… In Kenyan English, a biting (1997) is a bite-sized piece of food, a small snack, appetizer, or canapé; while a merry-go-round (1989) is an informal cooperative savings scheme, typically run by and for women, in which each participant regularly contributes an amount, and the whole sum is distributed to the members in turn. To shrub is to pronounce or write words in another language in a manner that is influenced by one’s mother tongue, and a shrub (2008) is a word pronounced or written in this manner. To shrub and shrub are colloquialisms chiefly used with reference to English or Swahili words pronounced in a manner characteristic of another Kenyan language.
… As for Tanzanian English, one of the most widely known words from this variety is daladala, the name of a van or minibus that carries passengers for a fare as part of a local informal transport system. Dating back to 1983, the English word comes from Swahili, with daladala being a reduplication of dala ‘dollar’, perhaps originally as a bus driver’s call. Dala is also the nickname of the Tanzanian 5-shilling coin, which used to be the typical fare for daladala minibuses.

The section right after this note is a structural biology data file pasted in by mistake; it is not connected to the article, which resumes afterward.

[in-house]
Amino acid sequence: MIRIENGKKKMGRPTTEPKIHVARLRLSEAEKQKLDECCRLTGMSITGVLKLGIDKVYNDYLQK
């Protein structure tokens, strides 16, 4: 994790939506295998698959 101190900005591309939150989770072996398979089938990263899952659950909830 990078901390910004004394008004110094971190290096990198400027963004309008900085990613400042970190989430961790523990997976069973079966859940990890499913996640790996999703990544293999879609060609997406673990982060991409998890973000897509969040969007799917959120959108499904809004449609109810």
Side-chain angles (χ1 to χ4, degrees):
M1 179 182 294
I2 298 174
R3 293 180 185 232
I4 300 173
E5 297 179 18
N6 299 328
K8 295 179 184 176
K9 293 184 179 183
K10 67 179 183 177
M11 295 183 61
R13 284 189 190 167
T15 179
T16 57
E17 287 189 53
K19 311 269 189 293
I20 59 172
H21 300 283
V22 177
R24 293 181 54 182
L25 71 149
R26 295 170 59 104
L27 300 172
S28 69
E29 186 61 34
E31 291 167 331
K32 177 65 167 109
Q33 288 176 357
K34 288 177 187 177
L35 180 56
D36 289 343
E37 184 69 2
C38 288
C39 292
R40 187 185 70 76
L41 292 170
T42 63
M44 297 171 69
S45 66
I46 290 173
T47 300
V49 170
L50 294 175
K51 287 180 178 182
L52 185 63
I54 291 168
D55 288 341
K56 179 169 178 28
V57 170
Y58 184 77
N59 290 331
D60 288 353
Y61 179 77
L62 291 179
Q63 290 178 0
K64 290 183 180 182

… The vocabulary of Ugandan English draws primarily from Luganda, one of the country’s major languages. Examples of Lugandan borrowings in this batch are kaveera (1994)‘a plastic bag, plastic packaging’; kwanjula (1973)‘an engagement ceremony where the families of the bride and groom formally meet’; and nkuba kyeyo (1991) ‘a Ugandan person working overseas, especially one doing a low-paid or unskilled job’—the Lugandan phrase literally means ‘someone who sweeps’. Katogo (1940) is another loan word from Luganda—it is the name of a typical Ugandan breakfast dish consisting of matoke (banana or plantain) boiled in a pot with various other ingredients. The word later developed a figurative sense, as it began to be used to mean ‘a mixture or fusion of disparate elements; a mess, a muddle’.
Ugandan English also has its share of distinctive uses of existing English words. In Uganda, to cowardize (2003) is to act like a coward or to lose one’s nerve, while to extend (2000) is to move from one’s position so as to make room for someone else. Well done (1971) is used as a friendly greeting or salutation, especially when encountering a person at work or in a state of activity. You are lost! (2013) is also used as a greeting, or in response to a greeting, in a manner similar to ‘long time no see’.